Dull response to e-auction of Marayur sandalwood

Vana Samrakshana Samithy members chiselling sandalwood ahead of the e-auction at Marayur in Idukki district.

Vana Samrakshana Samithy members chiselling sandalwood ahead of the e-auction at Marayur in Idukki district.  

The two-day sandalwood e-auction which ended at the sandalwood division in Marayur on Friday evoked poor response probably because of the high prices and reserve stock among major buyers such as cosmetic industrial units and Ayurvedic medicine manufacturers.

Of the 38 tonnes of sandalwood placed for auction, only 3,853 kg was sold and an amount of Rs.3,87,84,000 collected. This was against the Rs.34-crore sale in the previous auction. The lowest sale of sandalwood was in 2012 when only 800 kg was sold in the auction. Marayur sandalwood is known internationally for its quality. Only mature trees which have fallen naturally, deadwood felled by lightning, and trees which have dried up of old age are sold at the auction.

Sources in the sandalwood division told The Hindu that bidders had complained of very high initial prices at Marayur even as the international prices were on a fall. The last auction was held in June and the short gap between the two auctions could be another reason for the poor response, they said.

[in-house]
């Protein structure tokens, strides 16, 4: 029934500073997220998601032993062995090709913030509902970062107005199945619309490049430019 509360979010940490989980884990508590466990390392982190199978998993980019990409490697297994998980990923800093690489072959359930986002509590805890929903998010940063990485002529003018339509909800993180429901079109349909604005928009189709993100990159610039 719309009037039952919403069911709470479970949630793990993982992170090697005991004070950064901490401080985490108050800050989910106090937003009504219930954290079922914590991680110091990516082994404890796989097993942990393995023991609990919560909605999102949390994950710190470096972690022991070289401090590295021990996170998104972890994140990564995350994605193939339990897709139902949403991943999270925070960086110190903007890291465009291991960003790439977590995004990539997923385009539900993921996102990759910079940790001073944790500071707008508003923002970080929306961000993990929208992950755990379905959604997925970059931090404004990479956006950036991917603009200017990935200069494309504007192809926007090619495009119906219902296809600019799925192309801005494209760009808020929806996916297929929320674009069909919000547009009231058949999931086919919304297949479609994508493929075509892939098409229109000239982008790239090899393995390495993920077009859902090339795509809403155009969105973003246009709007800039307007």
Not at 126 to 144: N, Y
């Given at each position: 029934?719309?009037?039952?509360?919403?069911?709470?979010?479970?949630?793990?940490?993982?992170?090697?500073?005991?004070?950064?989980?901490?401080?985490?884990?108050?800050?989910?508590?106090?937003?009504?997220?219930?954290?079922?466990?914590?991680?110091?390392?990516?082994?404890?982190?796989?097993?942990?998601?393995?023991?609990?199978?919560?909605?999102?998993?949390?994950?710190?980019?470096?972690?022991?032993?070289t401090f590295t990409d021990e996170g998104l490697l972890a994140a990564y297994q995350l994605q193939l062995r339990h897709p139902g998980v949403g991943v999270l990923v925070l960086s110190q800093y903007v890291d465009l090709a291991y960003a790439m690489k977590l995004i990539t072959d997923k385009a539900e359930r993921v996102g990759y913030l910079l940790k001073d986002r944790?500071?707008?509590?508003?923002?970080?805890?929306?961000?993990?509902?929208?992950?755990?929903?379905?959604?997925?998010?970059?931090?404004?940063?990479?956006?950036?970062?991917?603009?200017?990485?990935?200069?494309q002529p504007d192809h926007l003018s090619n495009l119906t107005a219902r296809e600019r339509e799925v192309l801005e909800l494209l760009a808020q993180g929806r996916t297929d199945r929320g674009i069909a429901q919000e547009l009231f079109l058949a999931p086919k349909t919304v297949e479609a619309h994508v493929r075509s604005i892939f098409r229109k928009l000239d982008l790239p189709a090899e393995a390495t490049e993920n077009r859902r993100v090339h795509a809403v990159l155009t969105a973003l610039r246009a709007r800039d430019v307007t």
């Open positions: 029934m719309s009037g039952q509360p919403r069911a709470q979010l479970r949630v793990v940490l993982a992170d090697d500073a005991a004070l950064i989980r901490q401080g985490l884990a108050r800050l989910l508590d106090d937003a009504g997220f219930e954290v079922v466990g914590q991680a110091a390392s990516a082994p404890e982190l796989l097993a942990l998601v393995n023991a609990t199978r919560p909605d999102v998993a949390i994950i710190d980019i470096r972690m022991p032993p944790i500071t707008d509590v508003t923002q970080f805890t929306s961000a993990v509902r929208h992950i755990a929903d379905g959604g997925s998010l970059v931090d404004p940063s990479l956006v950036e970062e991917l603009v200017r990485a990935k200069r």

Main buyers

The highest demand in the auction was for Class 10 variety ‘Jaipokal’ which was sold at Rs.10,308 per kg (743 kg of it was sold), followed by 11th class ‘Cheriya’ variety of chips at Rs.5,800 per kg (688 kg was sold). The main buyers included Karnataka Soaps and Detergents Ltd., Kerala Forest Development Corporation, and the Kodungalloor Deveswom.

Usually, the initial price is decided taking into account the average price and including an additional rate, fixed by the Forest Department, in each auction. This time, the rate added was at a high without considering a fall in international prices.

An official of the sandalwood division said that the Karnataka Forest Department had held a sandalwood auction at Shimoga only 10 days ago. This could also have had an impact on the Marayur sale. Usually the sandalwood auction, considered a major income to the State exchequer, is held twice a year with enough gap between the two auctions.

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Printable version | Sep 19, 2020 9:24:06 PM |

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